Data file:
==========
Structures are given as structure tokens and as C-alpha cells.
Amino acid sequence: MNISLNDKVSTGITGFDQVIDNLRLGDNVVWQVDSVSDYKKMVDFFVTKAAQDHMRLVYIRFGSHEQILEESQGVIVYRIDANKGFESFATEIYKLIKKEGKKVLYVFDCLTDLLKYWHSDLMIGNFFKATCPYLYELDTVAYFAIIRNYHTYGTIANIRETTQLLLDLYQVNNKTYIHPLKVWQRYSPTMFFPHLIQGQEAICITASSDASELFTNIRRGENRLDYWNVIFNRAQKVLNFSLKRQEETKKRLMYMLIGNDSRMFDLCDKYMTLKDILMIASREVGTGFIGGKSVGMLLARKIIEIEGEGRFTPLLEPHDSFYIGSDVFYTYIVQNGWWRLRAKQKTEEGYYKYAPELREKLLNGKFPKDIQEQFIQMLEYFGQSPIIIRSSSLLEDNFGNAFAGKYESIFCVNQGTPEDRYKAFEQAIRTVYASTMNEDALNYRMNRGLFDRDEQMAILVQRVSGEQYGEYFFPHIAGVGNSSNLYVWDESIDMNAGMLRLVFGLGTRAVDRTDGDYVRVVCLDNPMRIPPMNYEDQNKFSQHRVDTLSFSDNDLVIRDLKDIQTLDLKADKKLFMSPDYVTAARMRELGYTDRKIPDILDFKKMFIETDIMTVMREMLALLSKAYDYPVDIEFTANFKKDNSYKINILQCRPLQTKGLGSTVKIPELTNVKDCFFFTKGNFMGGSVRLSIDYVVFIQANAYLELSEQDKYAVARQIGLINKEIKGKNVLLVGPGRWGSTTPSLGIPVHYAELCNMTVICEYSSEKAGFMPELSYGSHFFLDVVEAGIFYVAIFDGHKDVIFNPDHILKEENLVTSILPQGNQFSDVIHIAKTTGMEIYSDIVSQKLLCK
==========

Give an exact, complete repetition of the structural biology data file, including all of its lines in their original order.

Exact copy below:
Structures are given as structure tokens and as C-alpha cells.
Amino acid sequence: MNISLNDKVSTGITGFDQVIDNLRLGDNVVWQVDSVSDYKKMVDFFVTKAAQDHMRLVYIRFGSHEQILEESQGVIVYRIDANKGFESFATEIYKLIKKEGKKVLYVFDCLTDLLKYWHSDLMIGNFFKATCPYLYELDTVAYFAIIRNYHTYGTIANIRETTQLLLDLYQVNNKTYIHPLKVWQRYSPTMFFPHLIQGQEAICITASSDASELFTNIRRGENRLDYWNVIFNRAQKVLNFSLKRQEETKKRLMYMLIGNDSRMFDLCDKYMTLKDILMIASREVGTGFIGGKSVGMLLARKIIEIEGEGRFTPLLEPHDSFYIGSDVFYTYIVQNGWWRLRAKQKTEEGYYKYAPELREKLLNGKFPKDIQEQFIQMLEYFGQSPIIIRSSSLLEDNFGNAFAGKYESIFCVNQGTPEDRYKAFEQAIRTVYASTMNEDALNYRMNRGLFDRDEQMAILVQRVSGEQYGEYFFPHIAGVGNSSNLYVWDESIDMNAGMLRLVFGLGTRAVDRTDGDYVRVVCLDNPMRIPPMNYEDQNKFSQHRVDTLSFSDNDLVIRDLKDIQTLDLKADKKLFMSPDYVTAARMRELGYTDRKIPDILDFKKMFIETDIMTVMREMLALLSKAYDYPVDIEFTANFKKDNSYKINILQCRPLQTKGLGSTVKIPELTNVKDCFFFTKGNFMGGSVRLSIDYVVFIQANAYLELSEQDKYAVARQIGLINKEIKGKNVLLVGPGRWGSTTPSLGIPVHYAELCNMTVICEYSSEKAGFMPELSYGSHFFLDVVEAGIFYVAIFDGHKDVIFNPDHILKEENLVTSILPQGNQFSDVIHIAKTTGMEIYSDIVSQKLLCK